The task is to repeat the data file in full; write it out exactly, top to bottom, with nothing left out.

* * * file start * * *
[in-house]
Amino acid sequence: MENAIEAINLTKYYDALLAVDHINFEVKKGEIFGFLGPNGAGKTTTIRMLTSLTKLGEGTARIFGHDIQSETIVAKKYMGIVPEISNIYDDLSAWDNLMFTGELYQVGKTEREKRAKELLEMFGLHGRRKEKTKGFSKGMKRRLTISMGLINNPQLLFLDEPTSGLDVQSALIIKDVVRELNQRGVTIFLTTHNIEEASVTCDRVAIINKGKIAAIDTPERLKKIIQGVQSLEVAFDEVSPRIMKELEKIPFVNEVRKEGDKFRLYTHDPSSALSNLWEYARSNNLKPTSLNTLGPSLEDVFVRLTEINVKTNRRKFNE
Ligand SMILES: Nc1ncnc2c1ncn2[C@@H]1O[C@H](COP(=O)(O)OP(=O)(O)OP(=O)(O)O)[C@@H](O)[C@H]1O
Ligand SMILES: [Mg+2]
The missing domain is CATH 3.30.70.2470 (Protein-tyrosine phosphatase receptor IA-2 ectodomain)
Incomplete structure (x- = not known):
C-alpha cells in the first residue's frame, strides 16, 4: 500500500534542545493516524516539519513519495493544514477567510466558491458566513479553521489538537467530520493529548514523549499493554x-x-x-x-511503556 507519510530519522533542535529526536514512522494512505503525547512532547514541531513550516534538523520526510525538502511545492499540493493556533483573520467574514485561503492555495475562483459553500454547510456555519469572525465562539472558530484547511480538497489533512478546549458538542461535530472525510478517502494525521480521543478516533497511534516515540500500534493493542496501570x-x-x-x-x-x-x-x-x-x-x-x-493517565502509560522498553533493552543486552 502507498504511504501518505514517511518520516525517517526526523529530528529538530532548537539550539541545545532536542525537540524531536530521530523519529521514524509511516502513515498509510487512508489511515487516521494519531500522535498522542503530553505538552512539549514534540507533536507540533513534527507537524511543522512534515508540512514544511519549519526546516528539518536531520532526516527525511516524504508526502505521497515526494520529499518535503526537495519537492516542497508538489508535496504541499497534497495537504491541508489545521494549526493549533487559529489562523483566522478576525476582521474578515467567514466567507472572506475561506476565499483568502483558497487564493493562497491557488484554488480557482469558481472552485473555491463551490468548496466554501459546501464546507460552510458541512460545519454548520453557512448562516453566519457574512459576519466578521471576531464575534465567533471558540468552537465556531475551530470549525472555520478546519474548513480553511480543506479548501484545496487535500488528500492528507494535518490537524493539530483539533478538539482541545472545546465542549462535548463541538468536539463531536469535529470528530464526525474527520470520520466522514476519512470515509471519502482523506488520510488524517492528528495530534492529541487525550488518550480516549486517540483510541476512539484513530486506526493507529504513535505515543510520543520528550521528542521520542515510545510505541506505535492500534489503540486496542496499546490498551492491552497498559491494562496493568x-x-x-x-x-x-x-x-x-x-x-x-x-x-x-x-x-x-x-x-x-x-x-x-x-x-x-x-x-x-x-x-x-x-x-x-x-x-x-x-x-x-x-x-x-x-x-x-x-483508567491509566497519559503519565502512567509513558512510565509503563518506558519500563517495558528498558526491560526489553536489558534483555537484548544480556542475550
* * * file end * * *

[in-house]
Amino acid sequence: MENAIEAINLTKYYDALLAVDHINFEVKKGEIFGFLGPNGAGKTTTIRMLTSLTKLGEGTARIFGHDIQSETIVAKKYMGIVPEISNIYDDLSAWDNLMFTGELYQVGKTEREKRAKELLEMFGLHGRRKEKTKGFSKGMKRRLTISMGLINNPQLLFLDEPTSGLDVQSALIIKDVVRELNQRGVTIFLTTHNIEEASVTCDRVAIINKGKIAAIDTPERLKKIIQGVQSLEVAFDEVSPRIMKELEKIPFVNEVRKEGDKFRLYTHDPSSALSNLWEYARSNNLKPTSLNTLGPSLEDVFVRLTEINVKTNRRKFNE
Ligand SMILES: Nc1ncnc2c1ncn2[C@@H]1O[C@H](COP(=O)(O)OP(=O)(O)OP(=O)(O)O)[C@@H](O)[C@H]1O
Ligand SMILES: [Mg+2]
The missing domain is CATH 3.30.70.2470 (Protein-tyrosine phosphatase receptor IA-2 ectodomain)
Incomplete structure (x- = not known):
C-alpha cells in the first residue's frame, strides 16, 4: 500500500534542545493516524516539519513519495493544514477567510466558491458566513479553521489538537467530520493529548514523549499493554x-x-x-x-511503556 507519510530519522533542535529526536514512522494512505503525547512532547514541531513550516534538523520526510525538502511545492499540493493556533483573520467574514485561503492555495475562483459553500454547510456555519469572525465562539472558530484547511480538497489533512478546549458538542461535530472525510478517502494525521480521543478516533497511534516515540500500534493493542496501570x-x-x-x-x-x-x-x-x-x-x-x-493517565502509560522498553533493552543486552 502507498504511504501518505514517511518520516525517517526526523529530528529538530532548537539550539541545545532536542525537540524531536530521530523519529521514524509511516502513515498509510487512508489511515487516521494519531500522535498522542503530553505538552512539549514534540507533536507540533513534527507537524511543522512534515508540512514544511519549519526546516528539518536531520532526516527525511516524504508526502505521497515526494520529499518535503526537495519537492516542497508538489508535496504541499497534497495537504491541508489545521494549526493549533487559529489562523483566522478576525476582521474578515467567514466567507472572506475561506476565499483568502483558497487564493493562497491557488484554488480557482469558481472552485473555491463551490468548496466554501459546501464546507460552510458541512460545519454548520453557512448562516453566519457574512459576519466578521471576531464575534465567533471558540468552537465556531475551530470549525472555520478546519474548513480553511480543506479548501484545496487535500488528500492528507494535518490537524493539530483539533478538539482541545472545546465542549462535548463541538468536539463531536469535529470528530464526525474527520470520520466522514476519512470515509471519502482523506488520510488524517492528528495530534492529541487525550488518550480516549486517540483510541476512539484513530486506526493507529504513535505515543510520543520528550521528542521520542515510545510505541506505535492500534489503540486496542496499546490498551492491552497498559491494562496493568x-x-x-x-x-x-x-x-x-x-x-x-x-x-x-x-x-x-x-x-x-x-x-x-x-x-x-x-x-x-x-x-x-x-x-x-x-x-x-x-x-x-x-x-x-x-x-x-x-483508567491509566497519559503519565502512567509513558512510565509503563518506558519500563517495558528498558526491560526489553536489558534483555537484548544480556542475550